Financing the Islamic Movement of Uzbekistan
Group financing profile
Uzbekistan is seeking to work with the Afghan Taliban to take down a common enemy – the Islamic Movement of Uzbekistan (IMU). The IMU was formed in 1998 and a year later, orchestrated an infamous series of attacks in the Uzbek capital of Tashkent in an attempt to assassinate the president.1 After the group pledged allegiance to ISIS in 2015, the Taliban also deemed the IMU to be an adversary. While IMU operations have dwindled significantly in recent years, their connection to ISIL-KP might bring them back onto the attack radar.
Despite a much lower profile in recent years, the remains IMU active and is likely based in Northern Afghanistan. The group has previously established bases in Uzbekistan, Tajikistan, Pakistan, and Kyrgyzstan. Upon receiving permission from the Taliban, the IMU established their main base in Afghanistan around 2010. However, once the IMU pledged allegiance to ISIS in 2015, the Taliban launched a major military campaign that killed several important IMU figures. Prior Afghan government and Taliban action against the group in all jurisdictions, including within Afghanistan, has forced the IMU to relocate its main operating base several times. While the organization is active, it is not nearly as strong as it was in the early 2000s due to the deaths of key leadership figures and ensuing organizational disarray. Splinter groups, such as the Islamic Jihad Union, have now attempted to spread into Central Asia.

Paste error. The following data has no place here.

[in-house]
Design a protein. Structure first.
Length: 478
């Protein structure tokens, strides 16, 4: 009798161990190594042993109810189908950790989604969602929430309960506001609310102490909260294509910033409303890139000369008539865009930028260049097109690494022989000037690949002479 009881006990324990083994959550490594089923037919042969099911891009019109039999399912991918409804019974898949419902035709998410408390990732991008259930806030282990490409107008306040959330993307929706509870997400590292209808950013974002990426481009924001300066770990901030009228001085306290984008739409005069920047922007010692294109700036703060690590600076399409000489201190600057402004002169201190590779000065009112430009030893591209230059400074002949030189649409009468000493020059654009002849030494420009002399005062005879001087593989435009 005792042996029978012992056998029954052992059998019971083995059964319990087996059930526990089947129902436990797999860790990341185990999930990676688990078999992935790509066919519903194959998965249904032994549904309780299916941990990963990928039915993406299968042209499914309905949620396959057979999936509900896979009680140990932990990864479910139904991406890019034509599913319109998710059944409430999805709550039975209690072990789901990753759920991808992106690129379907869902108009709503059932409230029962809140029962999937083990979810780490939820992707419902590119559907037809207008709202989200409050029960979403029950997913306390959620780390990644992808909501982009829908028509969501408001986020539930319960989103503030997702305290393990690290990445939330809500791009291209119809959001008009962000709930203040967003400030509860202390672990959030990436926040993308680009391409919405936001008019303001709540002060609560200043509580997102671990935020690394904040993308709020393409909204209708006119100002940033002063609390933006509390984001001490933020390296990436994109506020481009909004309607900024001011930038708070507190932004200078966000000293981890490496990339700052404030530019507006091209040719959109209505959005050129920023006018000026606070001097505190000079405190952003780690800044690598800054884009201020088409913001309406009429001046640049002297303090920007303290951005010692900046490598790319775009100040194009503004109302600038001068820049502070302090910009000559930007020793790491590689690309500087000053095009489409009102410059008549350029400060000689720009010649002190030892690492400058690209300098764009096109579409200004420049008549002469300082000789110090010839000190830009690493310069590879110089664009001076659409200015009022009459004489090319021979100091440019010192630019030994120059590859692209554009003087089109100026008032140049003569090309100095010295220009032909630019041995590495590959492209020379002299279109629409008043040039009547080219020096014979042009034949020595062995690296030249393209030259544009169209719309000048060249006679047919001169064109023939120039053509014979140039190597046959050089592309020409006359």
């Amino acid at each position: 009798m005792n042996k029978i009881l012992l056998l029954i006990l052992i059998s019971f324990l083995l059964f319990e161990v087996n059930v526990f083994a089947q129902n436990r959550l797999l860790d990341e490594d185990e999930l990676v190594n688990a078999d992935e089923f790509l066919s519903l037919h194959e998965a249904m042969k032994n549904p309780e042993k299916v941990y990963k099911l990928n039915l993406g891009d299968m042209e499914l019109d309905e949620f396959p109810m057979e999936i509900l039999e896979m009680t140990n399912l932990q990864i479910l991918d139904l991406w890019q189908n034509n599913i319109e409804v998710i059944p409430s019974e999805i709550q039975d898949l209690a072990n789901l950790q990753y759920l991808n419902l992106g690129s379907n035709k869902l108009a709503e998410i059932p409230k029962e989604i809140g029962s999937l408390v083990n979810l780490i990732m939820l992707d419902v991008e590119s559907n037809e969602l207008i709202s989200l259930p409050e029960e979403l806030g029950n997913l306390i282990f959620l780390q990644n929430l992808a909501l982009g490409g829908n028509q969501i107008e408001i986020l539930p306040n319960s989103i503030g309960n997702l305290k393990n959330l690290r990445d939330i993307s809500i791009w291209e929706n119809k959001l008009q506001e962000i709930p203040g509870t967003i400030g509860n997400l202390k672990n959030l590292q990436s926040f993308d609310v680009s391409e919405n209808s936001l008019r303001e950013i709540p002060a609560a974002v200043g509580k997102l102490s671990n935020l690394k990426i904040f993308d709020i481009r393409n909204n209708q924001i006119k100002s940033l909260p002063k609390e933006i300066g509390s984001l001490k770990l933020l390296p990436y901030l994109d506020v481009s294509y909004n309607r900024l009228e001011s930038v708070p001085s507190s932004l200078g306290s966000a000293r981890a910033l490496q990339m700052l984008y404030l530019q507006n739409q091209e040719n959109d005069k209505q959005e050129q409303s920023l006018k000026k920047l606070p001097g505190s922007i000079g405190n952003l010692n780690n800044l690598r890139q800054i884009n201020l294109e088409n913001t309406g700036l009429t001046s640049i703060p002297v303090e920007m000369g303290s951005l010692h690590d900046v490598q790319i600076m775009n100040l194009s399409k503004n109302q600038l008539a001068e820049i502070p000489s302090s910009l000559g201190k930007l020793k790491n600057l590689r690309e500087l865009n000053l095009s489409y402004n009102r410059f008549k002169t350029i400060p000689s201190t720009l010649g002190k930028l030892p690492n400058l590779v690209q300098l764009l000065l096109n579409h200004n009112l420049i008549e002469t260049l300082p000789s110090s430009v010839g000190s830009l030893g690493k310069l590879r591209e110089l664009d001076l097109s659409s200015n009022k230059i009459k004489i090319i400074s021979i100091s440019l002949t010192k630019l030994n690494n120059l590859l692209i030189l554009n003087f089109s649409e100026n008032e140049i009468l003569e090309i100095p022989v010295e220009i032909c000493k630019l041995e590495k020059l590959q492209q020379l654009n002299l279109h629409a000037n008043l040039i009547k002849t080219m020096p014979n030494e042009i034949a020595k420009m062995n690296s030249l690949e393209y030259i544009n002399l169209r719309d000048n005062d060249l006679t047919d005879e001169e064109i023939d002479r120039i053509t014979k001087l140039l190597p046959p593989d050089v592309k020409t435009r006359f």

In the early days of the IMU, organizations such as the Taliban, Pakistan’s Inter-Services Intelligence agency,2 and various Islamic Political Parties in Pakistan provided significant resources to support the formation of group. In the 1990’s, Osama bin Laden provided substantial financial support, weapons, and training to help the IMU take off.3